The Campaign Spot

Morals, Rules, and Politicians’ Kids

I’m scheduled to appear Sunday morning on Howard Kurtz’s Reliable Sources on CNN, most likely talking Palin and Letterman, the Holocaust Museum shooter and the DHS report, etc.

A quick thought on the Palin-Letterman back-and-forth: There’s a reason that politicians’ kids are supposed to be off-limits, and why it’s supposed to apply to the Obama daughters, to Chelsea Clinton, to Palin’s children, to the Bush daughters, to McCain’s children*, etc. Kids don’t choose their parents, and they don’t choose their parents’ careers. None of those children asked to be in the spotlight, or asked to be subjects of public scrutiny; a portion of their privacy and their ability to enjoy a “normal life” has already been partially sacrificed by their parents’ ambitions. Those of us who talk, write, think, and joke about politics aren’t supposed to make their lives any harder than it already is.

Maybe, if given the choice, they would still select the same life; a politician’s child gets some nice perks, like getting to see Paris with mom or what have you. But even if you think Barack Obama or George W. Bush or Bill Clinton or Sarah Palin are the biggest doofuses to walk the face of the earth, you’re not supposed to take it out on their kids. Because they’re kids. If you really can’t instinctively grasp why it’s wrong for a grown man to make a child a butt of jokes, I don’t know whether it can be explained to you.

It may be that Hollywood mobsters are more ethical about “civilians” than their real-life counterparts, but there was always a certain responsibility in those references to “civilians,” that those who signed on for mob life knew the consequences, but that those who didn’t had to be kept out of the line of fire as much as possible. In politics, you run for office, you ask for votes, you write a column or (sign) a blog, you’re accepting a certain potential consequence in criticism, mockery, or ridicule. But the kids didn’t sign on for any of this.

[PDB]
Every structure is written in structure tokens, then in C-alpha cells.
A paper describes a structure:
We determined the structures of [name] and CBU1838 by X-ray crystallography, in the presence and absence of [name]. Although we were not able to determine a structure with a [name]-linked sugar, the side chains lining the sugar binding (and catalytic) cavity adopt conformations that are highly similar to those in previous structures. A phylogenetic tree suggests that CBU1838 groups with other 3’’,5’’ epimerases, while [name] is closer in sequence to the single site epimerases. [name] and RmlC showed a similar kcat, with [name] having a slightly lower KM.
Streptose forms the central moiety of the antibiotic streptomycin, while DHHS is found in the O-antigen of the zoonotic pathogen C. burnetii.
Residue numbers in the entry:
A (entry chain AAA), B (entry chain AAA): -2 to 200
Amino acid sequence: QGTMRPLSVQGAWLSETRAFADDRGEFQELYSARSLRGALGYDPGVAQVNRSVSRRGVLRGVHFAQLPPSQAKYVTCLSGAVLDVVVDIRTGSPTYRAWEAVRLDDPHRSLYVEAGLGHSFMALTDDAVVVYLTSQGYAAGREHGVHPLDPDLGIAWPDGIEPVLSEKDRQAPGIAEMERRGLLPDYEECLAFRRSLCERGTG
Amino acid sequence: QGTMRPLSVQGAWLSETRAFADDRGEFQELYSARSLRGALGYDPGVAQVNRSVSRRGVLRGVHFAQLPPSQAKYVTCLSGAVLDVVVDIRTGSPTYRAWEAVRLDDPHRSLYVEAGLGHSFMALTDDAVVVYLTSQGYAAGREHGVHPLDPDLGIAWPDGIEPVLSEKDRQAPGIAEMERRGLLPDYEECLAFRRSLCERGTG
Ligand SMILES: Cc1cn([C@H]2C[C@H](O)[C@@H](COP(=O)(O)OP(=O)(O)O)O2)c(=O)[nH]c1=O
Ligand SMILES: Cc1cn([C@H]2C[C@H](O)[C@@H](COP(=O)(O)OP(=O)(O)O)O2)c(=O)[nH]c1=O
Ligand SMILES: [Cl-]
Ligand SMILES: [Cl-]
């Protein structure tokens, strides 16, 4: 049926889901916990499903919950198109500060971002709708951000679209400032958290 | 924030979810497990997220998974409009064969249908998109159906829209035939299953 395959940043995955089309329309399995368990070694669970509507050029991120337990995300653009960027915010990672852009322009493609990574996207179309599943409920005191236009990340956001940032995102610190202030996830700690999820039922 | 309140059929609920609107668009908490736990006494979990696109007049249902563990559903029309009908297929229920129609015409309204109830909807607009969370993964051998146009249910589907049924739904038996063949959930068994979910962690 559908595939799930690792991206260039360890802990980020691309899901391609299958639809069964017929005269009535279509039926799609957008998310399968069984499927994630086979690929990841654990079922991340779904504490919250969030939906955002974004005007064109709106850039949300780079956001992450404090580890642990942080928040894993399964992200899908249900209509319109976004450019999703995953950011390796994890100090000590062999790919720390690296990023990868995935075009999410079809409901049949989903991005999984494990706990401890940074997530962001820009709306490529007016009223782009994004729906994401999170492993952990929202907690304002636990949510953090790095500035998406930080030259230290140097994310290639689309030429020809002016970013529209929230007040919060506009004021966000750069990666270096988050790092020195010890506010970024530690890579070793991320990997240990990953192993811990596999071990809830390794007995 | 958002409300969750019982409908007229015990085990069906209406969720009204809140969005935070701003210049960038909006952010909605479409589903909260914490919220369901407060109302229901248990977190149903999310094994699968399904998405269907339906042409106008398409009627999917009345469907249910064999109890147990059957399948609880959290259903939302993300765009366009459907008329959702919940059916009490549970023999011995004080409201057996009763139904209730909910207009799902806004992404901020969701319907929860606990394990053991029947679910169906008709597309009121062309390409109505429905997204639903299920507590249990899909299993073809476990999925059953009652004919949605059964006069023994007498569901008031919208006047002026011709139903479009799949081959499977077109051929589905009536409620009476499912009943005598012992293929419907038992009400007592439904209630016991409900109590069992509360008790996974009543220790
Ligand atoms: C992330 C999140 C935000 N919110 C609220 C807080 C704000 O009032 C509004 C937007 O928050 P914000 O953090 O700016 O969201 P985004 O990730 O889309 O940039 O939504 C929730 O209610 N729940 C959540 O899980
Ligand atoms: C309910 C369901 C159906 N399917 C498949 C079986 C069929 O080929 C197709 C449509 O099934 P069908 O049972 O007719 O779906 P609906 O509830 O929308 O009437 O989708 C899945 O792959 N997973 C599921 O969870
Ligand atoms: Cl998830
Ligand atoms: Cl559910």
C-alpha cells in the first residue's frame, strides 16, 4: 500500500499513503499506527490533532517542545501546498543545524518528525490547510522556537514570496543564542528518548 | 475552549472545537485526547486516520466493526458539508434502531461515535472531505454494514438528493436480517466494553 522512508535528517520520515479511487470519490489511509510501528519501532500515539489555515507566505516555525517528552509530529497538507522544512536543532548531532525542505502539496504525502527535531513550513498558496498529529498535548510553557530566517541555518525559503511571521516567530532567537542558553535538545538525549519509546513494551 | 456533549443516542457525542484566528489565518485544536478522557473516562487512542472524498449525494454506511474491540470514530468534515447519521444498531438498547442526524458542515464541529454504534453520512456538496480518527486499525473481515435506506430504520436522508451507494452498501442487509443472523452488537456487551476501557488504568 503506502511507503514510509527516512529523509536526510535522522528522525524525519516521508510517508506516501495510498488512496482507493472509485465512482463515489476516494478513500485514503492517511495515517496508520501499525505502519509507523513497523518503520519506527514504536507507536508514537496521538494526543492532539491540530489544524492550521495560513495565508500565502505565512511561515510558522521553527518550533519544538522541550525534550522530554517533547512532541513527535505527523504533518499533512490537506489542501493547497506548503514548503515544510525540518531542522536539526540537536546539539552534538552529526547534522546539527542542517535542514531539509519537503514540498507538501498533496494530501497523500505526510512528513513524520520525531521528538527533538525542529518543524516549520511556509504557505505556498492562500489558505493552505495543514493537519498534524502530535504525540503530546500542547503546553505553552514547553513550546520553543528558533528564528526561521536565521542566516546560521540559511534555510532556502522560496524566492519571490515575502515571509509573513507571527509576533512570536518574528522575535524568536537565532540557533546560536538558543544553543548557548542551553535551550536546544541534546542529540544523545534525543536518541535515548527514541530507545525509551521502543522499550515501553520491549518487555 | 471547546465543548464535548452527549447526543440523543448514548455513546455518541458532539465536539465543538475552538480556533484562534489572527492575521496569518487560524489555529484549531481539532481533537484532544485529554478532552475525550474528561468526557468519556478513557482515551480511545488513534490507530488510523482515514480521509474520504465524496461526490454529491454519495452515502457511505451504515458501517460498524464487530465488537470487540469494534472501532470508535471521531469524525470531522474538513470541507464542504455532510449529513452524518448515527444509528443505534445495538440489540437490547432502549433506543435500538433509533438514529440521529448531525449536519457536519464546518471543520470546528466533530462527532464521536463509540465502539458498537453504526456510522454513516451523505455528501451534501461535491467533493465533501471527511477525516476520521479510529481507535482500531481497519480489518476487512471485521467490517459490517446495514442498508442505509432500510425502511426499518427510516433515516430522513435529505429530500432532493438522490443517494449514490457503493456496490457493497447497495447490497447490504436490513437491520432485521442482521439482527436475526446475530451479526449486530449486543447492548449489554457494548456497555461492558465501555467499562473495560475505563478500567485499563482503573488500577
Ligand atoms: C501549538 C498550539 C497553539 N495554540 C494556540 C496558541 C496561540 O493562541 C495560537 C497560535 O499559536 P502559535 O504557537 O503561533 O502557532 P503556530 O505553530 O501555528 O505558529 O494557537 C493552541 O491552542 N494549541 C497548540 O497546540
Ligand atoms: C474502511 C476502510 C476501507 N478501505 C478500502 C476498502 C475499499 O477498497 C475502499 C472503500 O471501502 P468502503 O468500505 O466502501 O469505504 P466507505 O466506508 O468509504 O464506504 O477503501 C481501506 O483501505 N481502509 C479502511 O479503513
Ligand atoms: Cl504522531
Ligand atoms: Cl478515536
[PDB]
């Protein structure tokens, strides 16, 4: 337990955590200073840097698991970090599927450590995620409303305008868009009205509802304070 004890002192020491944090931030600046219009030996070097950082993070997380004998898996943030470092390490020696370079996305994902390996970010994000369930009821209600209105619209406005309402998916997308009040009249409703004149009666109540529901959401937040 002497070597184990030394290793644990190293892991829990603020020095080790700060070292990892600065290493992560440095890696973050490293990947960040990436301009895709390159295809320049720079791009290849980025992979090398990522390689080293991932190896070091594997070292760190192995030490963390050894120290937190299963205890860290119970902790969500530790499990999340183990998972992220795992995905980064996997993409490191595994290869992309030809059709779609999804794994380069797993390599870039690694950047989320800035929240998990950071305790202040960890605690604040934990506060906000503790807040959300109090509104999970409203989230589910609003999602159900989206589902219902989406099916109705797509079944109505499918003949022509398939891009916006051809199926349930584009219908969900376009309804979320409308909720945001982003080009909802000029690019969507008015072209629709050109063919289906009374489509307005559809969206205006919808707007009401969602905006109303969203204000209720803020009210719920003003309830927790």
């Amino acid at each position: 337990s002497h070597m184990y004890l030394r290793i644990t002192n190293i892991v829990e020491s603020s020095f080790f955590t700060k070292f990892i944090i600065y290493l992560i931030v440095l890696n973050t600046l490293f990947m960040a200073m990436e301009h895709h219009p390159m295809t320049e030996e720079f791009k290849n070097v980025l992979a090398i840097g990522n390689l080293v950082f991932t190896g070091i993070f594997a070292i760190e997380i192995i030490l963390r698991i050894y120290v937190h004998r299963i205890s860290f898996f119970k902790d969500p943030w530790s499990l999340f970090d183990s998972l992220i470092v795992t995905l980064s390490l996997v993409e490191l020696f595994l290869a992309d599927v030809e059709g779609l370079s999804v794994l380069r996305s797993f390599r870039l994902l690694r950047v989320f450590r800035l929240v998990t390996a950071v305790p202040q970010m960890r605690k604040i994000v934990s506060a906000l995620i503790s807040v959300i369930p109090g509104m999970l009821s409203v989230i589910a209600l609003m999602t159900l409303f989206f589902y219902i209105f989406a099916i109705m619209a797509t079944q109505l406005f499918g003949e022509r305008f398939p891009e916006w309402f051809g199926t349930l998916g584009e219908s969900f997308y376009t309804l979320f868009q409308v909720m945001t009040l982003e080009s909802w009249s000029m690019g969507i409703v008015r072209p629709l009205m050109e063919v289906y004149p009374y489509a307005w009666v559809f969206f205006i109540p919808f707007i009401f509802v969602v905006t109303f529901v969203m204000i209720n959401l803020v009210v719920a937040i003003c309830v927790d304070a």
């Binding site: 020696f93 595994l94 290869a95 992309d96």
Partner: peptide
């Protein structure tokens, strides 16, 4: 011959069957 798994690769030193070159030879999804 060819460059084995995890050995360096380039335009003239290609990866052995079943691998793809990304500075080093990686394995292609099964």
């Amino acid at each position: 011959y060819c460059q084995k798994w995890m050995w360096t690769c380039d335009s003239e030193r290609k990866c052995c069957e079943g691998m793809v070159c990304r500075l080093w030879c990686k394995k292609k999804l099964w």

Even Tony Soprano said, “I don’t know about morals. But I do got rules.”

* Meghan McCain is over 18 and is stepping into her own as a pundit/commentator; as long as the criticism directed at her is directed what she says and does, as opposed to criticizing her because of who her father is, it’s fair game.

UPDATE: Over at AOL’s Politics Daily, I’ve found one of those web comments that can actually suck you into a vortex of stupid if you look at it too long: “To compare her kids [to] the President’s daughters is ludicrous.”


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